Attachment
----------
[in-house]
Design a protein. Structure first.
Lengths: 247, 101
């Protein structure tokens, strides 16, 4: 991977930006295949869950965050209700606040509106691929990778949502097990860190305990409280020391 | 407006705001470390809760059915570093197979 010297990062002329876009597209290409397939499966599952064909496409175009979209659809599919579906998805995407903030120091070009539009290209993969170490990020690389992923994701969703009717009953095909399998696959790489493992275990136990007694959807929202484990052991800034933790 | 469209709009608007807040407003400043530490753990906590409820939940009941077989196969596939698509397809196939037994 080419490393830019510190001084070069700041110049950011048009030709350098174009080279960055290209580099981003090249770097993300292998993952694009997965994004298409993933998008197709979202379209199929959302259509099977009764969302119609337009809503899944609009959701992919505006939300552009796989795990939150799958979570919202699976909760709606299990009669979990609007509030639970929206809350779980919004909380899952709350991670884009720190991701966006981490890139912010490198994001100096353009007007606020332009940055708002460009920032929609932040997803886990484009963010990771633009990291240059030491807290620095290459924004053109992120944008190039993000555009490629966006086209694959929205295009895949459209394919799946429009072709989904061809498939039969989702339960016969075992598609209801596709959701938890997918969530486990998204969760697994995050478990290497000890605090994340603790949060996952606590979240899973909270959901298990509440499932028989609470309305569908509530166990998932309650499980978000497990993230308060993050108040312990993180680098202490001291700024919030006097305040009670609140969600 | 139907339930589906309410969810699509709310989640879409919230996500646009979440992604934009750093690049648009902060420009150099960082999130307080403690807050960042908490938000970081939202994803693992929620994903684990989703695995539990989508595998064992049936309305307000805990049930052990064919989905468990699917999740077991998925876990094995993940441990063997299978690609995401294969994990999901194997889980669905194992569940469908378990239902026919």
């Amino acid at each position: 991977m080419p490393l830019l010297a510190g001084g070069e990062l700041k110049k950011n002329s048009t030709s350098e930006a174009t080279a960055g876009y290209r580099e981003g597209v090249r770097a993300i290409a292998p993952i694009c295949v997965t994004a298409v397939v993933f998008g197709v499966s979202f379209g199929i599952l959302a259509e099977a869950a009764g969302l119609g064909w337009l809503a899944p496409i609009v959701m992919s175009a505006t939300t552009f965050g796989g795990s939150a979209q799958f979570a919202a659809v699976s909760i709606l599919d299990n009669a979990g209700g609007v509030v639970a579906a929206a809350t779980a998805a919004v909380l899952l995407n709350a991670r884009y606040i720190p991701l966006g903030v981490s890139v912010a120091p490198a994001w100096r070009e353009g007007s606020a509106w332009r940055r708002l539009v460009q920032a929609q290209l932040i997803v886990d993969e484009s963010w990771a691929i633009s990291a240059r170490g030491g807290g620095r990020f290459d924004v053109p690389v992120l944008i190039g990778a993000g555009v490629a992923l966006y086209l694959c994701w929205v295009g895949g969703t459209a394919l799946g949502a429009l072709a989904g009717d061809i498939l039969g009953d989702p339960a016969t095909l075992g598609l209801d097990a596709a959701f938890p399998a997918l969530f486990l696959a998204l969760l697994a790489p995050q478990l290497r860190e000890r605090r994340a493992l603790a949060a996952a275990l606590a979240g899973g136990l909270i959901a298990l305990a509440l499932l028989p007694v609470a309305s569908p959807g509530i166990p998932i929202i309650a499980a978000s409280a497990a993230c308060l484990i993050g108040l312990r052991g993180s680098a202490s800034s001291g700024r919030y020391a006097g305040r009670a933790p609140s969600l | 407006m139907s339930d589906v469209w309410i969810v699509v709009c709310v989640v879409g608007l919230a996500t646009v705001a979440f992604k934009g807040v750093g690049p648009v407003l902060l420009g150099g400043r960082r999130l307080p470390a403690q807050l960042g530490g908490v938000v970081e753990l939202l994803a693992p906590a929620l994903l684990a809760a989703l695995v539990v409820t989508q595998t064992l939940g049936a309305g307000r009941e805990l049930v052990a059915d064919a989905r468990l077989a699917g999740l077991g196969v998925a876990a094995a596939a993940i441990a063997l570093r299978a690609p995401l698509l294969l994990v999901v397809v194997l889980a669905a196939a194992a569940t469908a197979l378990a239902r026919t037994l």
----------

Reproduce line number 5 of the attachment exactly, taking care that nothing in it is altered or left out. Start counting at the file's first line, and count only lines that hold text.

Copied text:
């Amino acid at each position: 991977m080419p490393l830019l010297a510190g001084g070069e990062l700041k110049k950011n002329s048009t030709s350098e930006a174009t080279a960055g876009y290209r580099e981003g597209v090249r770097a993300i290409a292998p993952i694009c295949v997965t994004a298409v397939v993933f998008g197709v499966s979202f379209g199929i599952l959302a259509e099977a869950a009764g969302l119609g064909w337009l809503a899944p496409i609009v959701m992919s175009a505006t939300t552009f965050g796989g795990s939150a979209q799958f979570a919202a659809v699976s909760i709606l599919d299990n009669a979990g209700g609007v509030v639970a579906a929206a809350t779980a998805a919004v909380l899952l995407n709350a991670r884009y606040i720190p991701l966006g903030v981490s890139v912010a120091p490198a994001w100096r070009e353009g007007s606020a509106w332009r940055r708002l539009v460009q920032a929609q290209l932040i997803v886990d993969e484009s963010w990771a691929i633009s990291a240059r170490g030491g807290g620095r990020f290459d924004v053109p690389v992120l944008i190039g990778a993000g555009v490629a992923l966006y086209l694959c994701w929205v295009g895949g969703t459209a394919l799946g949502a429009l072709a989904g009717d061809i498939l039969g009953d989702p339960a016969t095909l075992g598609l209801d097990a596709a959701f938890p399998a997918l969530f486990l696959a998204l969760l697994a790489p995050q478990l290497r860190e000890r605090r994340a493992l603790a949060a996952a275990l606590a979240g899973g136990l909270i959901a298990l305990a509440l499932l028989p007694v609470a309305s569908p959807g509530i166990p998932i929202i309650a499980a978000s409280a497990a993230c308060l484990i993050g108040l312990r052991g993180s680098a202490s800034s001291g700024r919030y020391a006097g305040r009670a933790p609140s969600l | 407006m139907s339930d589906v469209w309410i969810v699509v709009c709310v989640v879409g608007l919230a996500t646009v705001a979440f992604k934009g807040v750093g690049p648009v407003l902060l420009g150099g400043r960082r999130l307080p470390a403690q807050l960042g530490g908490v938000v970081e753990l939202l994803a693992p906590a929620l994903l684990a809760a989703l695995v539990v409820t989508q595998t064992l939940g049936a309305g307000r009941e805990l049930v052990a059915d064919a989905r468990l077989a699917g999740l077991g196969v998925a876990a094995a596939a993940i441990a063997l570093r299978a690609p995401l698509l294969l994990v999901v397809v194997l889980a669905a196939a194992a569940t469908a197979l378990a239902r026919t037994l």